While the last design was more fun with all the different color themes per page, it became a bit too much for me. Besides that, it also didn't scale very well. That's why I've decided to move back to a simpler color usage. Having a very light, non-white background and simple black and gray colors is enough for me at the current stage.
I've also reverted some earlier typography experiments and went with a more common sans-serif for headings/serif for body text pairing. I've kept the beautiful Aperçu typeface, which now is used for headings, and added Calluna for everything concerning body text.
There is still room for some size and spacing improvements, but so far, I'm delighted with the current state.
Portfolio and case studies
A more prominent addition was the rebirth of my portfolio section. The last version of my personal site didn't have a dedicated page to list or showcase projects I've worked on. This portfolio section now has two clear purposes:
- Showcase some case studies that go deeper into past projects
- List different other project I do on the side to form a more full picture
Everything besides the individual case studies follow the same subtle vibe of simple black and gray text paired with a solid typography hierarchy. As the case studies should get a bit more prominence, I've wrapped them into their own card-based object. These cards are also the starting point for case-study-based color themes. Every case study gets its own color theme — not as extreme as the old bold color themes, but some sprinkles help.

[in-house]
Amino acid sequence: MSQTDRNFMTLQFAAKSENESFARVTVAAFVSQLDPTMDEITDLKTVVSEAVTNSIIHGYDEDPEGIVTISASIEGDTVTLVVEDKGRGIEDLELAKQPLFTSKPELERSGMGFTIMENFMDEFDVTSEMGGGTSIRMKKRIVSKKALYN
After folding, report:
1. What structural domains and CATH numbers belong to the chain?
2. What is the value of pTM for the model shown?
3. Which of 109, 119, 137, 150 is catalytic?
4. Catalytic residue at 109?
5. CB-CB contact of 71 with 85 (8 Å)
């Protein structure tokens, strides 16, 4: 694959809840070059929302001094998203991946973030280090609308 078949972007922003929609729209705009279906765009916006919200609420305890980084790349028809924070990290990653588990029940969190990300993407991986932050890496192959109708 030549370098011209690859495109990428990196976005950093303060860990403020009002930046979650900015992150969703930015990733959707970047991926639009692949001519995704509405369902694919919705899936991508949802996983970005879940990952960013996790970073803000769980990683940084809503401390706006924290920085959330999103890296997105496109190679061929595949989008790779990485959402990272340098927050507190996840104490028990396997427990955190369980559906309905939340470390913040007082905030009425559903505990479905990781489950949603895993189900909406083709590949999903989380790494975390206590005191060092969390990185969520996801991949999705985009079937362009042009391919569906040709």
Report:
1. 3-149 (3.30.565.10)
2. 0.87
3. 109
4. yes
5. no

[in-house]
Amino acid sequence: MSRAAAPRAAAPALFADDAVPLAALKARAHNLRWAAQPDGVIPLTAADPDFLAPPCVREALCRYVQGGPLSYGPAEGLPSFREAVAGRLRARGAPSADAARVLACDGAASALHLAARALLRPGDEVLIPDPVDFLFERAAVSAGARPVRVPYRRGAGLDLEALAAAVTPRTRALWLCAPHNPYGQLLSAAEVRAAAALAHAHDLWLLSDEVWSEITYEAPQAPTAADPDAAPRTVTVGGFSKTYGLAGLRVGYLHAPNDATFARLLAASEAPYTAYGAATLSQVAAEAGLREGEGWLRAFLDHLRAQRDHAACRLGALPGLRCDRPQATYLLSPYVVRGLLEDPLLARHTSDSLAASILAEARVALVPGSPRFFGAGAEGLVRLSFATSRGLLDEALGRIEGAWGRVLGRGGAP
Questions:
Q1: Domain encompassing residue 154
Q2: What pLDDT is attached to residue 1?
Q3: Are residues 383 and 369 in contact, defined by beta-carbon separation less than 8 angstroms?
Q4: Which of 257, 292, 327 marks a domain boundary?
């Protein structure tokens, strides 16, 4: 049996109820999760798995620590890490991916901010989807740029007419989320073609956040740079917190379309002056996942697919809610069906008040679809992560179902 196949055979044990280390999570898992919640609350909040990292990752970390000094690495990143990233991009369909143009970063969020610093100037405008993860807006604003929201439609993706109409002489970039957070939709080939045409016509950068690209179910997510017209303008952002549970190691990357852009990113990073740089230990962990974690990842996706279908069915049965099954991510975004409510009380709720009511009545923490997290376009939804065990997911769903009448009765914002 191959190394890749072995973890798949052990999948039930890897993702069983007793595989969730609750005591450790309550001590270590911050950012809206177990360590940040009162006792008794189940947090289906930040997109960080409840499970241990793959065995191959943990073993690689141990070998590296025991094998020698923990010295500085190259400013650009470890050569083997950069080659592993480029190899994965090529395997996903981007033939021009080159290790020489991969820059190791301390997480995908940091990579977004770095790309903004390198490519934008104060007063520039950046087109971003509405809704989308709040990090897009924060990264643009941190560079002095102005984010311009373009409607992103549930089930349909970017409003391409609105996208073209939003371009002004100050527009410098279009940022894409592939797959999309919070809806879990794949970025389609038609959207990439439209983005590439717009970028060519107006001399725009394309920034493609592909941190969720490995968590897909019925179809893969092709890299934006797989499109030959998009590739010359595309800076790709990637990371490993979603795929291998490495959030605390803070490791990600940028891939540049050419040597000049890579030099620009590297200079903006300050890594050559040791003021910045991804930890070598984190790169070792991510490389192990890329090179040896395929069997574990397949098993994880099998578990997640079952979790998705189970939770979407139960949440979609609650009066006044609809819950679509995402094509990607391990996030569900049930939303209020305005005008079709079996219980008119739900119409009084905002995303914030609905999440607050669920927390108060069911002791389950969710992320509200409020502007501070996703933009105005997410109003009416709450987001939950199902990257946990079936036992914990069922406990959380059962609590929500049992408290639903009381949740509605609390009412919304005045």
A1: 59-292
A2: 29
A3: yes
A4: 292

A bit after I've released the first update, I rediscovered a post on CSS-Tricks I've saved on my Instapaper some weeks back. This post described a stacked cards effect on Corey Ginnivan’s website, which I found so cool I needed to create the same on my case study section (full transparency where this idea originated).
Besides these three main points, there were also some other changes:
- Removed the /likes page (a place to showcase cool bookmarks)
- Added a like button to individual posts (only I can see the like amount; the button increases the amount on every individual click)
- You can still access the older version under different subdomains
- Added support for a Skip to Content link
I'll keep iterating on different smaller areas, but this was a high-level overview what I did with this site, besides moving to Kirby CMS. Additionally, feel free to take a look at the source code on GitHub.